USPS Issues New Rule On Requester Newspapers

Print publications are facing many challenges, not the least of which is one caused by that old partner: The U.S. Postal Service. 

The USPS has issued a rule that allows it to revoke an audit bureau’s authority to validate requesters, according to the National Newspaper Association (NNA). 

Requester newspapers are those that have more than 50% of their circulations paid or requested. That includes paid single-copy sales. 

The USPS can withdraw the audit bureau’s authority if it finds that its procedures are inadequate. 

According to NNA, requester newspapers must demonstrate that “at least half of their distribution is requested by persons making specific affirmative requests to receive the paper.”

NNA says these requests must be:

  • Valid for three years
  • Maintained on file by the publisher and 
  • Must not be prompted by payment, premiums or other incentives. 



It is not yet clear what impact the rule will have on periodical delivery. At the least, it may remove a little wiggle room.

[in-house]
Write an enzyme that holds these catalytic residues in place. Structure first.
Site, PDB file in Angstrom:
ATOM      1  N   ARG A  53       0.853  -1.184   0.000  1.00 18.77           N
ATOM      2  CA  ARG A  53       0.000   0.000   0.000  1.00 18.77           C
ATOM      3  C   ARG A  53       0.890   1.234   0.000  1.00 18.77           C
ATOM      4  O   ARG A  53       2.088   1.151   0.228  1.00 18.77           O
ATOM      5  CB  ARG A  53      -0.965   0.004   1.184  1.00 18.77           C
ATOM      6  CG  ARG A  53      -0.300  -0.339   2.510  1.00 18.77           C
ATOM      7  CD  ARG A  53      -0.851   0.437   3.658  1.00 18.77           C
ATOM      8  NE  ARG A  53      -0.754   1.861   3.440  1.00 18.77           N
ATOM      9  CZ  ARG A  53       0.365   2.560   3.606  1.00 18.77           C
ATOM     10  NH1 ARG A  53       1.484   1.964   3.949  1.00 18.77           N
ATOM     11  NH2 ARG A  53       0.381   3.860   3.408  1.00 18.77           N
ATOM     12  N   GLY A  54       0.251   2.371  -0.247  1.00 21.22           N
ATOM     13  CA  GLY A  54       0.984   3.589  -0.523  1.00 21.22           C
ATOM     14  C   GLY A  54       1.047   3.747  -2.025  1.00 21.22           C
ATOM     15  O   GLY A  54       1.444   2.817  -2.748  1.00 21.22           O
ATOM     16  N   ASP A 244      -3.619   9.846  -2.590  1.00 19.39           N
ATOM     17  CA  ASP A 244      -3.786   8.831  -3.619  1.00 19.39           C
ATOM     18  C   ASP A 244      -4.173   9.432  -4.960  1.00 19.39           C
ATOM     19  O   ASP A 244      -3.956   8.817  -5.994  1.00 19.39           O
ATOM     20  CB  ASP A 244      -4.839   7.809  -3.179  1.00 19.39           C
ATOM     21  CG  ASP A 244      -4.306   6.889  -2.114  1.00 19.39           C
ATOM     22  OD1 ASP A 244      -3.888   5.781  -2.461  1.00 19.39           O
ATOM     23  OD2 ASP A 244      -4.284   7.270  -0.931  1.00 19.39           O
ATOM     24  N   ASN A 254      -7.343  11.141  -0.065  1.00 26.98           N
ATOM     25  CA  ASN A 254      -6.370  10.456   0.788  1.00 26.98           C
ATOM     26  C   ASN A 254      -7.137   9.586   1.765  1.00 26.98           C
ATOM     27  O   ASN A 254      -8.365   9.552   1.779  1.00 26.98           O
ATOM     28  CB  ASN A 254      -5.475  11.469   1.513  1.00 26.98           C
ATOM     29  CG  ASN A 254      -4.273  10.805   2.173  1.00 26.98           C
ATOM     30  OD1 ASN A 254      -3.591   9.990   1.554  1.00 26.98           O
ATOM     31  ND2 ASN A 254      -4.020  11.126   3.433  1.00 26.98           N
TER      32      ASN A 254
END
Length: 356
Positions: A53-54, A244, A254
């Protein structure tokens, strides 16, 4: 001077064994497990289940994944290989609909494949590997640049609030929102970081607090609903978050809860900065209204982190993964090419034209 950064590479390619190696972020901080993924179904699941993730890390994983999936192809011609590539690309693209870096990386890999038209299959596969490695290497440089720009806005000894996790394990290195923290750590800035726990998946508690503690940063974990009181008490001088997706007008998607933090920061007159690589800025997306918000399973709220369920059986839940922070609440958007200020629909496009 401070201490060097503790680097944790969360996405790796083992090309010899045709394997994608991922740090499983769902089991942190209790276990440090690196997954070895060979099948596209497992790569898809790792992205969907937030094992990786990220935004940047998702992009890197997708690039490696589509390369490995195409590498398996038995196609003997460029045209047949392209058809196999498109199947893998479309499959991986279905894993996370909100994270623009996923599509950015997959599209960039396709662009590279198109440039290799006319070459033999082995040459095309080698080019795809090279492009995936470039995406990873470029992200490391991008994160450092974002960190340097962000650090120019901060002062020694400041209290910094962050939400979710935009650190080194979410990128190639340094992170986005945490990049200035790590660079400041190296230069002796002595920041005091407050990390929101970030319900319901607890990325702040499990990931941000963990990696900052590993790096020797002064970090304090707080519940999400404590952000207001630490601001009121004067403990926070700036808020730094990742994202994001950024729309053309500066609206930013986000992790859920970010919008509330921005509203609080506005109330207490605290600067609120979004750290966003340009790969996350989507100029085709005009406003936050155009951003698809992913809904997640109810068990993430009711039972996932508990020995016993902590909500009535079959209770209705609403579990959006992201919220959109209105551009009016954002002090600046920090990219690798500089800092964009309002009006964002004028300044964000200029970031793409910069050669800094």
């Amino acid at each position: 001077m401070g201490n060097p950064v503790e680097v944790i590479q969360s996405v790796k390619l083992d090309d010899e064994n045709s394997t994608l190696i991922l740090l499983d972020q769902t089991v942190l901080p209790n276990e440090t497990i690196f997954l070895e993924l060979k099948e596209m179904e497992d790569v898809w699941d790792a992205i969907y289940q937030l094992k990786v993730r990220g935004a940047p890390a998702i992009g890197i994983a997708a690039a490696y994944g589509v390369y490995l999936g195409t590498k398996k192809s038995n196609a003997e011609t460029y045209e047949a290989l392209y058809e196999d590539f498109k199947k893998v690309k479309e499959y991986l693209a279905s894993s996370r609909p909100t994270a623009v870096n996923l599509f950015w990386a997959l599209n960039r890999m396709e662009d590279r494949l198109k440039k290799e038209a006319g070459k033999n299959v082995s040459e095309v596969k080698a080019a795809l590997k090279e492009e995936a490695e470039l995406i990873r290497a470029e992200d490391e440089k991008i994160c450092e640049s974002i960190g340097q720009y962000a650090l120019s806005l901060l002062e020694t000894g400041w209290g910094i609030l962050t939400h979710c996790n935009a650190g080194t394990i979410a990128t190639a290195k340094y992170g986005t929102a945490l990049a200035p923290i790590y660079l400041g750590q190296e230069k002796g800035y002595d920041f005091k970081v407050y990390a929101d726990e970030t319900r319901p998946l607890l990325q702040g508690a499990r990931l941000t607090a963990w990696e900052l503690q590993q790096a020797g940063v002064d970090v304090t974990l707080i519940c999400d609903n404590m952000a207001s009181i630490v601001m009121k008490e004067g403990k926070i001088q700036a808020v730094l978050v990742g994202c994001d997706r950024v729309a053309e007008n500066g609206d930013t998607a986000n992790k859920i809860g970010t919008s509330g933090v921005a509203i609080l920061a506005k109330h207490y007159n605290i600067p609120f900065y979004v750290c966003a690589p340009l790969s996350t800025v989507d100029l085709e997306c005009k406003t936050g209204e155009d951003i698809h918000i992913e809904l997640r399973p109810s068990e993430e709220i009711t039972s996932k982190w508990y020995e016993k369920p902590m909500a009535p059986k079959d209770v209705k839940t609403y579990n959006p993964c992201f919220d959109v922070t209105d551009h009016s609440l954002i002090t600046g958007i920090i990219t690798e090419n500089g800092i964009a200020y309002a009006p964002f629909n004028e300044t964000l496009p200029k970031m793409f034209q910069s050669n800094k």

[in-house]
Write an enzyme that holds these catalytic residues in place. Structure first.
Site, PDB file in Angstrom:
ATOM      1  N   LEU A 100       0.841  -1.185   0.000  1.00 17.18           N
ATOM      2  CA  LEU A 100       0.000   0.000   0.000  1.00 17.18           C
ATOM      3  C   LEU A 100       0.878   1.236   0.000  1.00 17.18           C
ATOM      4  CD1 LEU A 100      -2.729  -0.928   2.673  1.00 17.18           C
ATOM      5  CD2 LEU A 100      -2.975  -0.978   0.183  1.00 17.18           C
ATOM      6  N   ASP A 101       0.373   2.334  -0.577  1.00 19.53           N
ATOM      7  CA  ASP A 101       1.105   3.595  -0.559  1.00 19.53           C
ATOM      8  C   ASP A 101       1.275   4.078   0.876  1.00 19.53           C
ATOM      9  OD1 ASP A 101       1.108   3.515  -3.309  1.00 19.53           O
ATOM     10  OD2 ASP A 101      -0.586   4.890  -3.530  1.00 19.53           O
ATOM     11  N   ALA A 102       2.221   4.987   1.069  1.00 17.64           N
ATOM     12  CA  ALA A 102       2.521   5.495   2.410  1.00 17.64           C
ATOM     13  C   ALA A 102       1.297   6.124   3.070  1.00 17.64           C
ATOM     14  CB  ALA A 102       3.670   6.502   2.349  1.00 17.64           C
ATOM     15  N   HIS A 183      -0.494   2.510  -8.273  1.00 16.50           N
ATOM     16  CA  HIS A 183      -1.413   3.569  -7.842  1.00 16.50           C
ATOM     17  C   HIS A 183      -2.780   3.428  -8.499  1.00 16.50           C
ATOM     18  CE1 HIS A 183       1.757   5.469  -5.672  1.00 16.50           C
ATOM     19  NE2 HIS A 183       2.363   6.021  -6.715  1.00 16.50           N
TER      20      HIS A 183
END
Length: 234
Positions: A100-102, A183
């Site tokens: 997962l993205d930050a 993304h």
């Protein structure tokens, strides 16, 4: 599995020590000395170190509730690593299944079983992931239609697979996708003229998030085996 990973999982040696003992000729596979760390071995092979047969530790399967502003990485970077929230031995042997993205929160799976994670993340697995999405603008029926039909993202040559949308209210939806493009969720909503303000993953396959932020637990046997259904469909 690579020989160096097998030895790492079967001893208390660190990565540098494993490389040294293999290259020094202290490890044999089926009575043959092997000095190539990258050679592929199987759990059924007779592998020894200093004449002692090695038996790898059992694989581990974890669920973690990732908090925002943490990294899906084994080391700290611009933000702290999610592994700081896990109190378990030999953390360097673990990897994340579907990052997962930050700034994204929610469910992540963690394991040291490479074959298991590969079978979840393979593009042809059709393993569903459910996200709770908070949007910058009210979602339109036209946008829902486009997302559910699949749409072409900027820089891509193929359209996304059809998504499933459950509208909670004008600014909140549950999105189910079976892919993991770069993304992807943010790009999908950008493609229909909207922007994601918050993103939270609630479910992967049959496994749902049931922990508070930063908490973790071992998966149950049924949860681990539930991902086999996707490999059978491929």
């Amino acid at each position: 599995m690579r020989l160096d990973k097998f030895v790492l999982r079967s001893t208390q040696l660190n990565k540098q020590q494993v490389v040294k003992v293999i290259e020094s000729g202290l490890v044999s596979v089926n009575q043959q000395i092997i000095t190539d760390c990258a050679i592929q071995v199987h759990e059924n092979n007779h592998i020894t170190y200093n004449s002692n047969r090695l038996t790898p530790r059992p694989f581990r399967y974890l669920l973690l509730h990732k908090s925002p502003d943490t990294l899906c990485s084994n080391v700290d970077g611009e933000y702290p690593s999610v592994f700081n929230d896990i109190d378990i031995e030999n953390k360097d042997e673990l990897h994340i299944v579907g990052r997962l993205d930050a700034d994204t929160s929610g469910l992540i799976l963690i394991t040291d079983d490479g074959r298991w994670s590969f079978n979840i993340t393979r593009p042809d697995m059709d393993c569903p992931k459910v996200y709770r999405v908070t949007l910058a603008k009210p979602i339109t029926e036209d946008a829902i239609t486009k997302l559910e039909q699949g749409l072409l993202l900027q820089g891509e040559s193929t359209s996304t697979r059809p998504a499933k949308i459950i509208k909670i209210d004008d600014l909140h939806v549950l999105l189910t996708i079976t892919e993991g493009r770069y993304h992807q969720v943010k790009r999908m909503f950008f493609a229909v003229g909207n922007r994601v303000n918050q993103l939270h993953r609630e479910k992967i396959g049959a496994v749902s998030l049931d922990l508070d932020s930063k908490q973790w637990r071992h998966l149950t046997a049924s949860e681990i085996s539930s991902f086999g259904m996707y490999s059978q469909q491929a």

The USPS says "USPS employees or an authorized audit bureau may conduct verifications of circulation for an application for Periodicals mailing privileges, reentry application, or other required circulation verification of general or requester publications, provided, however, that the Postal Service will have the authority to review audit procedures upon request.” 

It states. “the Postal Service reserves the right to verify each audit bureau’s compliance with such audit procedures. The Postal Service shall have the authority to revoke any audit bureau’s authorization to conduct verifications if it finds such audit bureau has failed to follow approved audit procedures.” 

NNA describes it as follows: A requester newspaper may substitute an audit bureau’s report for the publisher’s records to be reviewed in case of a USPS audit. If an audit bureau is used, the publisher is required to keep only the records required by the bureau. And the audit bureau is required to maintain its records for three years following an issue date. But USPS reserves the right to review the bureau’s procedures.

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